Tucked away on the Angus coast, Arbroath Abbey is best known for the signing of the Declaration of Arbroath over 700 years ago. That letter from the Barons of Scotland to the Pope has become one of the most iconic events in Scottish history. It declared in no uncertain terms that Scotland was an independent nation, fighting not for glory, nor riches, nor honours but for freedom alone.
However, that’s not the only story these ruined walls have to tell. Just over 100 years after the Declaration was signed, the peace and tranquillity of Arbroath Abbey would be well and truly shattered, as powerful men fought for control. In the mid-15th century, the monks of Arbroath Abbey had appointed Alexander Lindsay as their Baillie of Regality. That meant that he was responsible for upholding the law and dispensing justice around the vast lands held by the abbey.
It seemed like a sensible choice; Lindsay was the son of the powerful Earl of Crawford so he should have been a reassuring protector for Arbroath.
Instead, he was an irresponsible opportunist. Lindsay abused his power, stationing his band of thugs inside Arbroath Abbey’s walls and allowing them to cause mayhem. Before long, the monks were furious enough to replace their Baillie with his local rival Alexander Ogilvy.
Ogilvy wasn’t nearly as wealthy or powerful as young Lindsay, but at least he took his responsibility seriously. Unfortunately, his first real dispute to deal with was the fury of his predecessor. Linday wasn’t somebody who took rejection well, in later years he became known as the Tiger Earl for his violent outbursts.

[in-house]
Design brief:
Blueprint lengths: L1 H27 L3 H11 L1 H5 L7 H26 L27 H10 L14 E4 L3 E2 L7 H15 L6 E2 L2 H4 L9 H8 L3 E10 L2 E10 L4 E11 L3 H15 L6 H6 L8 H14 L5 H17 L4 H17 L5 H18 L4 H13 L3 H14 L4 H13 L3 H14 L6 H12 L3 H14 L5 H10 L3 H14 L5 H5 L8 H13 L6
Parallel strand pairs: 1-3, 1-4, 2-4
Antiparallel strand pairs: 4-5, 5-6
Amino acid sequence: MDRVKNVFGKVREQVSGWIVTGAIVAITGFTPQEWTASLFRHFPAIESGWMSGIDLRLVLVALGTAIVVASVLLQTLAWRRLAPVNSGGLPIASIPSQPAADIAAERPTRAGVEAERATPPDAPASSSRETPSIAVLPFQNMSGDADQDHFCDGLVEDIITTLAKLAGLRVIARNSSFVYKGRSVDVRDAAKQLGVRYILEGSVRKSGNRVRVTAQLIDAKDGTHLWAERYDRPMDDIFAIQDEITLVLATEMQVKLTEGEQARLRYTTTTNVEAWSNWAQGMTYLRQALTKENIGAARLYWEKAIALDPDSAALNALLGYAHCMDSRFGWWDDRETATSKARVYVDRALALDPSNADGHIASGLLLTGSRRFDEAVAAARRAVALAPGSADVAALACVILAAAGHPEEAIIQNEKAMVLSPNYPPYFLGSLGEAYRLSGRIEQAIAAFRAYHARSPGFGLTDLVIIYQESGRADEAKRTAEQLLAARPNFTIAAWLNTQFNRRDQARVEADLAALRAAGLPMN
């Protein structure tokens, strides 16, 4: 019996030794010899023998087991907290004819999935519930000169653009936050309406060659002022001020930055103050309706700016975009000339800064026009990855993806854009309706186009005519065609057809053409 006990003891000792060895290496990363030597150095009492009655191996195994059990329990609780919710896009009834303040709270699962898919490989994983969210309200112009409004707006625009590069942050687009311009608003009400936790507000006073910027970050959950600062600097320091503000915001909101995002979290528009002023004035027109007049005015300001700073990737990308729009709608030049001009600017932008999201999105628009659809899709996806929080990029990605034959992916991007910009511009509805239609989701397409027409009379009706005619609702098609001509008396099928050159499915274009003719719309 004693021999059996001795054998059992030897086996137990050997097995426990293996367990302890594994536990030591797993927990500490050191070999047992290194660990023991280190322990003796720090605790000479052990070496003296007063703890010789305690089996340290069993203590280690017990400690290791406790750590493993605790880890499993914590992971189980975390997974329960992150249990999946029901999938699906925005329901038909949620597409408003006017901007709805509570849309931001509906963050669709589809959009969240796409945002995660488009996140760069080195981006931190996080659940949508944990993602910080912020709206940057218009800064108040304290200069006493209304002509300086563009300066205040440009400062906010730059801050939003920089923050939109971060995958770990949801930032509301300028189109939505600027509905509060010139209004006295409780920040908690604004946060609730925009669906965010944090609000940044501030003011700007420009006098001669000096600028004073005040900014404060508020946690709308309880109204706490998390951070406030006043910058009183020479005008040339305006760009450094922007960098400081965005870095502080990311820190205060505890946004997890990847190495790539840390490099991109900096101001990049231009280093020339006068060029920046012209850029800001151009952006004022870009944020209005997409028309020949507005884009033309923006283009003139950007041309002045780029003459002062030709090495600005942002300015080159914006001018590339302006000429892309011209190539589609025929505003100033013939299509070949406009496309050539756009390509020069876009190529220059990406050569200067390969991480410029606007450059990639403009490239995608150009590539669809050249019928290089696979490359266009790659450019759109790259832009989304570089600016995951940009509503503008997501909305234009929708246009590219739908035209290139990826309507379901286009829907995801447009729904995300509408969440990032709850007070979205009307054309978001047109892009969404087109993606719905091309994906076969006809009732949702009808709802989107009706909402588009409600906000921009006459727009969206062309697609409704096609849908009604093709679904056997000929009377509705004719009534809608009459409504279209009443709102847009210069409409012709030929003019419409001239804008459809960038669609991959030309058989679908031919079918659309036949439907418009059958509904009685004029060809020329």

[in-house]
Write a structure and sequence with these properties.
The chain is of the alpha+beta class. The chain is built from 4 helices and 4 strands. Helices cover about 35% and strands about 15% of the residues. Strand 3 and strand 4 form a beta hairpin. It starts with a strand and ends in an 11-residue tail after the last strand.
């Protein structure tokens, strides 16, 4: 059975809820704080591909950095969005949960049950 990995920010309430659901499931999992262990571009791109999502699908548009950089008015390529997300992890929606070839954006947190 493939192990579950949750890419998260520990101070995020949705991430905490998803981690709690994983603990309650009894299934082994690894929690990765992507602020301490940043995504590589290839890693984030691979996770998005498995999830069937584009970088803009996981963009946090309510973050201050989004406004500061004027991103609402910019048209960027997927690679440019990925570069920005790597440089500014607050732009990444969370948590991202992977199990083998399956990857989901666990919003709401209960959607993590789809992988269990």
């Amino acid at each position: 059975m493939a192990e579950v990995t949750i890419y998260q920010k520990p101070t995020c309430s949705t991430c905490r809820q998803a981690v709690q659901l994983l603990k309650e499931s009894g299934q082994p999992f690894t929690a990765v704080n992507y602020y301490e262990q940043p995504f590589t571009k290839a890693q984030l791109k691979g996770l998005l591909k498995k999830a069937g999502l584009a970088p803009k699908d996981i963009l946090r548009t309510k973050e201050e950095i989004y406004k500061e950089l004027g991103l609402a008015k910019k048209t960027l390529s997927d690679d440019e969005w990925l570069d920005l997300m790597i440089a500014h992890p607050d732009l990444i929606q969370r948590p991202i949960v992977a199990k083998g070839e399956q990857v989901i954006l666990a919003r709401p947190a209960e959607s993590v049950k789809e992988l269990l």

The ousted nobleman raised an army of 1000 men and marched them right up to the doors of Arbroath Abbey. Ogilvy had been entertaining friends at the time, and they willingly added their own troops to assist their host. Even though they were still badly outnumbered, they bravely lined up against Lindsay, ready to battle for Arbroath Abbey.
Insults flew back and forward between the two sides, but nobody was bold enough to begin the attack. In the meantime, Lindsay’s father the Earl of Crawford was riding as fast as he could from Dundee to try and stop the madness. He reached Arbroath just in time, galloping in between the lines of shouting warriors and crying out for peace.
One of Ogilvy’s men mistook Crawford’s call for diplomacy as a signal to attack. He launched a spear with all his strength, snatching the Earl from his horse and killing him instantly. There was no hope for a peaceful outcome now. The stalemate was broken, and the bloody battle for Arbroath Abbey had begun.
The fighting lasted for hours as the outnumbered Ogilvy side tried to retreat across the Angus countryside. In the end, both sides had lost hundreds of men, Lindsay had won the day and Ogilvy lay dead. With nobody left to stop them, the victorious army was let loose to wreak havoc around Angus. The wealth of Arbroath Abbey was firmly back in the hands of the Tiger Earl.
Written by Graeme Johncock
Graeme is the writer and storyteller behind Scotland’s Stories, sharing the traditional folklore and legends that make Scotland truly incredible.